Inconstant volume is usually from two items. First is not talking at the mic and  not using proper mic technique. If a person is moving his head or moving around a lot then the sound will vary as your head turns you may be overly loud at one moment and then very quite the next. So keep your mouth in front and you will not have a problem. The other cause if variable sounds volumes is when you have a co-host or someone who you are interviewing. there  are times that the guest or co-host will be softer or even louder than you this can be fixed with normalizing.

Battling the Um’s and Ah’s and other verbal crutches is something that takes practice, and is a continual commitment to listening to the way to talk. Yes the use of the verbal crutch can be annoying when you are listening to it, but do not try to edit all of these noises out this will only succeed in making you sound unnatural.

Finally in your podcast the use of mic techniques will also help with mouth noises and that heavy breather that is stalking your listeners.  Don’t eat your mic. have the mic about 2 to 6 inches from your mouth. The Close you mouth is to the mic remember that the mic will pick up more of the noises emanating from you easier so that heavy mouth breathing will become louder. Along with the smacking sounds that are cause from just opening your mouth.

News

Audacity update 2.0.6

  • New Reverb, called GVerb.
  • New Views: You can now Go to Selection Start and Go to Selection End.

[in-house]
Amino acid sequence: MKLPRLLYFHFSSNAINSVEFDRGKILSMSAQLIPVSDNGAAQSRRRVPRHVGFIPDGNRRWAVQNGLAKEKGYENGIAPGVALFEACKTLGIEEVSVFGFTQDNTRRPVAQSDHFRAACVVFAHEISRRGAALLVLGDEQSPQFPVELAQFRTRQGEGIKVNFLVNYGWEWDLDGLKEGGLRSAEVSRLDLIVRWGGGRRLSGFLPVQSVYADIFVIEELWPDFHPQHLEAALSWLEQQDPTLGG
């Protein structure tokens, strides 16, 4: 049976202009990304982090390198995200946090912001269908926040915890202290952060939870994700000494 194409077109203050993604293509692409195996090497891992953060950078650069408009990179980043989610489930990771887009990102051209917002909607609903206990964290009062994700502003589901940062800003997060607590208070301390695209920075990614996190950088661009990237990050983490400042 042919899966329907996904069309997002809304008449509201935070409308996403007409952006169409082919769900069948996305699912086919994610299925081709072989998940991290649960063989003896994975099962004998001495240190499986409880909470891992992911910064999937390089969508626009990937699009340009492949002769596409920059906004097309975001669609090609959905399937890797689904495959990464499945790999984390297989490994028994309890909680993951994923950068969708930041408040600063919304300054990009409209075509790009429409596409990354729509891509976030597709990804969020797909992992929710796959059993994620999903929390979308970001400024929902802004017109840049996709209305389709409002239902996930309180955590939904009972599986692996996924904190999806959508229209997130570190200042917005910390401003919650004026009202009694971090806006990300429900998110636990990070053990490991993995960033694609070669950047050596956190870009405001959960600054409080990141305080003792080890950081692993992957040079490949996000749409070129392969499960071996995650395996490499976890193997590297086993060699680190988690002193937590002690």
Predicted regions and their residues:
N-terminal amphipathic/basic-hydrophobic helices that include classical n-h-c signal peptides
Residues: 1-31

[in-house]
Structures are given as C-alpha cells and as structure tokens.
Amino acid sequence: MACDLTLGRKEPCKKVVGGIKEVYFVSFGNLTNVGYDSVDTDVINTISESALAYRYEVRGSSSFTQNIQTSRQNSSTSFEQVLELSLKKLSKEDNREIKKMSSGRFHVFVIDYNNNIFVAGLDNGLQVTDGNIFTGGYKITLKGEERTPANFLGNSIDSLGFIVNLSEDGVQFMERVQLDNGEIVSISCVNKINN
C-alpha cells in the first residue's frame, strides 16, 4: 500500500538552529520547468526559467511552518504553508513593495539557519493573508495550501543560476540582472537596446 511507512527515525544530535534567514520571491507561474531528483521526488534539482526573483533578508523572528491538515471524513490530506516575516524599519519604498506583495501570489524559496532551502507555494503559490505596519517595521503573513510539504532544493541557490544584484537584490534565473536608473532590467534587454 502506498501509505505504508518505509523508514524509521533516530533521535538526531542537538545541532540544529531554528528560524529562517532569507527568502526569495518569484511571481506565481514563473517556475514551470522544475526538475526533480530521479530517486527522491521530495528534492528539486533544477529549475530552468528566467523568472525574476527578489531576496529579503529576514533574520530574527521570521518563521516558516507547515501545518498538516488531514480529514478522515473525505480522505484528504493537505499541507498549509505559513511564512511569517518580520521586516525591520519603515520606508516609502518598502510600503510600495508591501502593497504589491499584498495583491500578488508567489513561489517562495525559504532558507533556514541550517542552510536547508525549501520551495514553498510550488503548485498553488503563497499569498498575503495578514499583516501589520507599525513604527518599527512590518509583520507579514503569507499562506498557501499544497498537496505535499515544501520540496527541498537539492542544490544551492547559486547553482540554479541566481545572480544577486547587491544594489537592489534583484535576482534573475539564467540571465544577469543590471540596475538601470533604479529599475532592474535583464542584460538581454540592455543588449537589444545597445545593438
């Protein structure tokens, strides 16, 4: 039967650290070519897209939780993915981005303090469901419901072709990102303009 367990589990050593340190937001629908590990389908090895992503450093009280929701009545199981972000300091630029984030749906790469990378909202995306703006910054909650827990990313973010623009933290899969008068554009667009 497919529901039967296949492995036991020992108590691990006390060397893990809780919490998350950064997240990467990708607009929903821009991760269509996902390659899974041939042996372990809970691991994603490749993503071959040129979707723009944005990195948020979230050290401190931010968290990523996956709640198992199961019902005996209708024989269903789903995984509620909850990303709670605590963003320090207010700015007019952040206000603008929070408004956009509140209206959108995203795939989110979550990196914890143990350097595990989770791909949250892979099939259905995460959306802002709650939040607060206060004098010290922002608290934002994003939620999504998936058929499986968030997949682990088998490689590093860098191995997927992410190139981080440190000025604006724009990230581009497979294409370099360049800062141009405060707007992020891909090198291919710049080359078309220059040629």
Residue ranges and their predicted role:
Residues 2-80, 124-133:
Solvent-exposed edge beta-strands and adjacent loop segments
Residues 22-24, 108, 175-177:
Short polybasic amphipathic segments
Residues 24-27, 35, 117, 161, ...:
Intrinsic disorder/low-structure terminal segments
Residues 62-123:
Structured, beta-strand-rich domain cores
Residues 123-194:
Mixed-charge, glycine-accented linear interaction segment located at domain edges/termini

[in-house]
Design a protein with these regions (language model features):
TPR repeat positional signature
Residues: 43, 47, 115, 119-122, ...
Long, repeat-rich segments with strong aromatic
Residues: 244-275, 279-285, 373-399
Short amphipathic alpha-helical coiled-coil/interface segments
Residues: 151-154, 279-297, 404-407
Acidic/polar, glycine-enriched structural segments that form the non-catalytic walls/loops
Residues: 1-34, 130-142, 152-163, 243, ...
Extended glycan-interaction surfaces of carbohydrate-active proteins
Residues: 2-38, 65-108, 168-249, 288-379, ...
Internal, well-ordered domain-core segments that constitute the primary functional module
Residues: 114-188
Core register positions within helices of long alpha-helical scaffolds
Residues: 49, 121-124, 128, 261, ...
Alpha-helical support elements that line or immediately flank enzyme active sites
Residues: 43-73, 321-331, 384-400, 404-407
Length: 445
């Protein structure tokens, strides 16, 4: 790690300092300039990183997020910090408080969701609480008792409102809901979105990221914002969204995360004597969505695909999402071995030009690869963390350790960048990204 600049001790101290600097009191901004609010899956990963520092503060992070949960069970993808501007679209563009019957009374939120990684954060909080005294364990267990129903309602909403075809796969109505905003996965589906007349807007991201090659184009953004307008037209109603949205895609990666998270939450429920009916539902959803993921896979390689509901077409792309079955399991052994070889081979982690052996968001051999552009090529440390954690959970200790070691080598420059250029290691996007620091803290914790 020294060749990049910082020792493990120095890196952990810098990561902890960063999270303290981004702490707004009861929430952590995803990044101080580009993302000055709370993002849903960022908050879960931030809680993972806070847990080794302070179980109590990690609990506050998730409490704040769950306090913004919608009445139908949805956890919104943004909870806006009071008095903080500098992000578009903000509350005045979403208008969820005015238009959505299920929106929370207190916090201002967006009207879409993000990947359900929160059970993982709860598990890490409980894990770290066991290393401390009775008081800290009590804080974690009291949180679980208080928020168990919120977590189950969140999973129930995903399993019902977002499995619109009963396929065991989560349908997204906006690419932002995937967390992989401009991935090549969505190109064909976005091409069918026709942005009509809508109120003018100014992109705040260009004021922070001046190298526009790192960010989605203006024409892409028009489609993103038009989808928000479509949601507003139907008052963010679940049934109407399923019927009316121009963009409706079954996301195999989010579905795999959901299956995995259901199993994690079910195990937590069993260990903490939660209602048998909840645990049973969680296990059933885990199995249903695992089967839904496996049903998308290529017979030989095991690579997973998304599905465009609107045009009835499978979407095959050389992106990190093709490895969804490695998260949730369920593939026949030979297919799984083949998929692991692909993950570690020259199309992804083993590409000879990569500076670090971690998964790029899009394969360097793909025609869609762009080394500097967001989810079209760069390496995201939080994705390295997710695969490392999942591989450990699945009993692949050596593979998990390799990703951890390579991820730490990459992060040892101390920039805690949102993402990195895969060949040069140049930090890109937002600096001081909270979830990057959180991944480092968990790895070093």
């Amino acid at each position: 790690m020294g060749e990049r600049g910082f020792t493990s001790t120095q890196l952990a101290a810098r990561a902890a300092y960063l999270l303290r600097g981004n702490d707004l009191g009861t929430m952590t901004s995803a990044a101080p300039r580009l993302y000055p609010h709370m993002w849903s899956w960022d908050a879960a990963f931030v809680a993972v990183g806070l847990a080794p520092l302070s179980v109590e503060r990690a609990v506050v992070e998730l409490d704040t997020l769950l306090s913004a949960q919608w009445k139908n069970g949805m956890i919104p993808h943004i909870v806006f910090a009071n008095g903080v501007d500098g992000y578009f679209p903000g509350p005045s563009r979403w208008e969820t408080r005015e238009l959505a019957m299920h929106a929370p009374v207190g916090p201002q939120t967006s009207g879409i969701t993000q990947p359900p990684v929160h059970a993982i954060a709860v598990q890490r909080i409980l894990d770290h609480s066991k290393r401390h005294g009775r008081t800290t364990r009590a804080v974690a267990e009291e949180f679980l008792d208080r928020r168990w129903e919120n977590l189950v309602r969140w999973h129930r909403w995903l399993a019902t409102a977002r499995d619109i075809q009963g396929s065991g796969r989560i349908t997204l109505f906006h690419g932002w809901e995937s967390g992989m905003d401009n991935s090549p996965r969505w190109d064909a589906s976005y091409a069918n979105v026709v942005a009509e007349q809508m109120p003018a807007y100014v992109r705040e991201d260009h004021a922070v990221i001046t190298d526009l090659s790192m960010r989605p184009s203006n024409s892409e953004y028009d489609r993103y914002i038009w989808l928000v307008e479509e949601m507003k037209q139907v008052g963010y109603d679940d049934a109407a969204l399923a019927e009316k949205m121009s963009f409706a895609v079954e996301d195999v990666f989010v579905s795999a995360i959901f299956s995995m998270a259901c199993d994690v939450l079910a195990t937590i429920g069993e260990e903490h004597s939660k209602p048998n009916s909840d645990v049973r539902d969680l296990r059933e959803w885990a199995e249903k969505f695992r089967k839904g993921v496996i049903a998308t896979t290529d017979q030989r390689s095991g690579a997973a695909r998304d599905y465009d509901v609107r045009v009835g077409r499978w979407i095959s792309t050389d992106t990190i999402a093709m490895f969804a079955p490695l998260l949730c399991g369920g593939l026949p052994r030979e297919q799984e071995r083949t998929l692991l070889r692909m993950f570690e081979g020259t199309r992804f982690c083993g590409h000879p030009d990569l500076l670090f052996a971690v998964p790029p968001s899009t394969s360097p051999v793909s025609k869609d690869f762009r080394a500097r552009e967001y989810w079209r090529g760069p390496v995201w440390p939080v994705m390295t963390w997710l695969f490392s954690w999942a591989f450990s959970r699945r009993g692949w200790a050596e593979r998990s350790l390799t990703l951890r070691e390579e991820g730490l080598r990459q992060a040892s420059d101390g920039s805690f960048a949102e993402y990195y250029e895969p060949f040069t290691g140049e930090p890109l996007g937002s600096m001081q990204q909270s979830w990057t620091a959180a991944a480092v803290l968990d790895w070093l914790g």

•  Align End to End command to append selected tracks.
  • WAV files import/export now supports “Album Title”, “Track Number” and “Genre” LIST INFO tags and ID3 tags.
  •  New support for Windows WDM/KS host which can provide very low latencies if you reduce “Audio to Buffer” in Recording Preferences.
  • You can now record computer playback by choosing the new Windows WASAPI host in Device Toolbar , then a “loopback” input.
  • Bugs have been fixed, involving Keyboard Preferences, Equalization curves, and Effect > Change Pitch, and several more.

Google updates its search abilities

HummingBird is an almost complete rewrite of the Google search algorithm. The change is suppose to help with the contextual results. How does this affect you the podcaster? Well if you have been doing good any black hat SEO then you might be in a little trouble but according to most articles read if you are going good SEO then o worries are to be had.

Tip and tool For the Week

Tool

Doodle.com

Great new scheduling tool that would work great for podcasters to schedule interviews.  Links to Google Calendars, iCloud (Premium), Outlook.com, iCal, or an ICS feed(ie, MSN Live Yahoo calendar) If you have a group of people you are trying to get together then you can Poll them to find the best time for everyone. Great for Those live events on Google hangouts

Tip

Besides minding your distance from the mic to keep the heavy breathing and mouth noises toned down you might also employ mild Mic gain adjustment. this is great for keeping your sounds rich but damping some of the noises.

 

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Bryan Goodwin

Podcast Producer at Podcast Dojo
Podcasting is the passion that gets me out of bed in the morning. Helping people to find their passion and cheer the podcasting community on as podcasting grows more and more each day